Active vs. Passive Management for Small-Cap Funds

Active vs. Passive Management for Small-Cap Funds

Active vs. Passive Management for Small-Cap Funds

"Active management works better than passive index funds for small-cap and international funds."

This notion is so widespread that it has become conventional wisdom in financial circles. I have never seen much to back it up, and have largely held an agnostic view on the subject. In this study, we take a look at small-cap funds.

We attempted to address some of the issues that have dogged active/passive studies in the pass. First, we looked at investable returns, not index returns. We chose benchmark index funds to measure the performance of the field, and of course only included small-cap funds in our survey, eliminating the natural bias that exists when, for example, you compare the large-cap performance of the S&P 500 with a relatively small-skewed group of mutual funds.

How did it come out? Well, the active funds lost. Basically, if you'd chosen a small-cap index fund (there are very few), you'd have beaten the active field in almost any time period in the study. I must admit that the results surprised me to some degree. I was fully prepared for an active rout given the tremendous advantage we hear that active funds have in researching small companies. I was even ready to publish the results - we just want to tell it like it is.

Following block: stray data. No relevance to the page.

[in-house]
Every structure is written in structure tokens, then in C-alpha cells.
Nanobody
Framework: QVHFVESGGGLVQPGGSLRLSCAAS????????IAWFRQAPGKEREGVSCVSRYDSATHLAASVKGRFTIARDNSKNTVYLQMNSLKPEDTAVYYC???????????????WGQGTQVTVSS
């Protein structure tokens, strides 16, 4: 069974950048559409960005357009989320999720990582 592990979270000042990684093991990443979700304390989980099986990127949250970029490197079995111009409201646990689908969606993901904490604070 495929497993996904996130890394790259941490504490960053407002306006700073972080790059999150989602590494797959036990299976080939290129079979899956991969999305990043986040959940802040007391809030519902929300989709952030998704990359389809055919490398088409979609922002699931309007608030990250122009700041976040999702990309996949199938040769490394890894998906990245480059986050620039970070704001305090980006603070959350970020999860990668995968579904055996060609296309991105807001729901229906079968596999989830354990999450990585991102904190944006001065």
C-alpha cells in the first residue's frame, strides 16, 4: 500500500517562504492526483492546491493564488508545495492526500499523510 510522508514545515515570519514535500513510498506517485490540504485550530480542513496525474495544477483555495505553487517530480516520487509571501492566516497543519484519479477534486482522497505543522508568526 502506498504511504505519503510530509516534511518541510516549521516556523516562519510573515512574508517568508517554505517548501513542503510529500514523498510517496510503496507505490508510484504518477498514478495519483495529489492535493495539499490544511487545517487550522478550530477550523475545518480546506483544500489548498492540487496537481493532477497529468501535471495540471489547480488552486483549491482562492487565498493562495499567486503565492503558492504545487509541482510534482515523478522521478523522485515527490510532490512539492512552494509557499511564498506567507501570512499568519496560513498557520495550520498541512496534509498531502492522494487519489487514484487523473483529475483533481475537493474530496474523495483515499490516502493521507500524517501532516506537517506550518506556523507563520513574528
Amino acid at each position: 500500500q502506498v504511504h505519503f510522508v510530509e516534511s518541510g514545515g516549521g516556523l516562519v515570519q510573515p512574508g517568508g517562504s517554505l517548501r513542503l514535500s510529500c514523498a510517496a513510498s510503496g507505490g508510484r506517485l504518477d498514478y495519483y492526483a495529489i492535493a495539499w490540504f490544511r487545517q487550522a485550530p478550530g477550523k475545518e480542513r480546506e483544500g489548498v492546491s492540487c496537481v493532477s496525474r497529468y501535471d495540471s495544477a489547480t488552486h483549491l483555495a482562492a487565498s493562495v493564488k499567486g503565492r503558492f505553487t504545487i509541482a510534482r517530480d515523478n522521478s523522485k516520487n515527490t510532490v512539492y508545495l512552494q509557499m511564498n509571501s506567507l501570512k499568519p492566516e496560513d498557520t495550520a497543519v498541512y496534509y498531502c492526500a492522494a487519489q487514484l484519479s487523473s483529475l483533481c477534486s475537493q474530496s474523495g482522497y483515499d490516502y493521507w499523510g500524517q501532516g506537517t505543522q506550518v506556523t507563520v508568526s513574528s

Here's the way it is:

  • Over the eight 3, 5, 10, and 15 year periods covered by the study, a majority of active funds lost to their index fund counterparts on seven occasions.
  • Over the past ten years, passive index funds have outperformed their active opposites eight years (with one tie).


In the year-end study we did surveying the mutual fund industry, I at least compiled enough evidence to be convinced that there was a lot of apples vs. oranges comparison going on. Active vs. passive analysis, across all equity sectors, tends to change over different time periods, based more on sector performance than actual fund performance.

Even the seminal charts put together by John Bogle in his books suffer from this problem. This can be clearly seen from the wild swings in numbers from year to year. Take a look at this chart that Saint Jack put in his latest book, for instance. It compares the returns of the S&P 500 to those of the field of equity funds: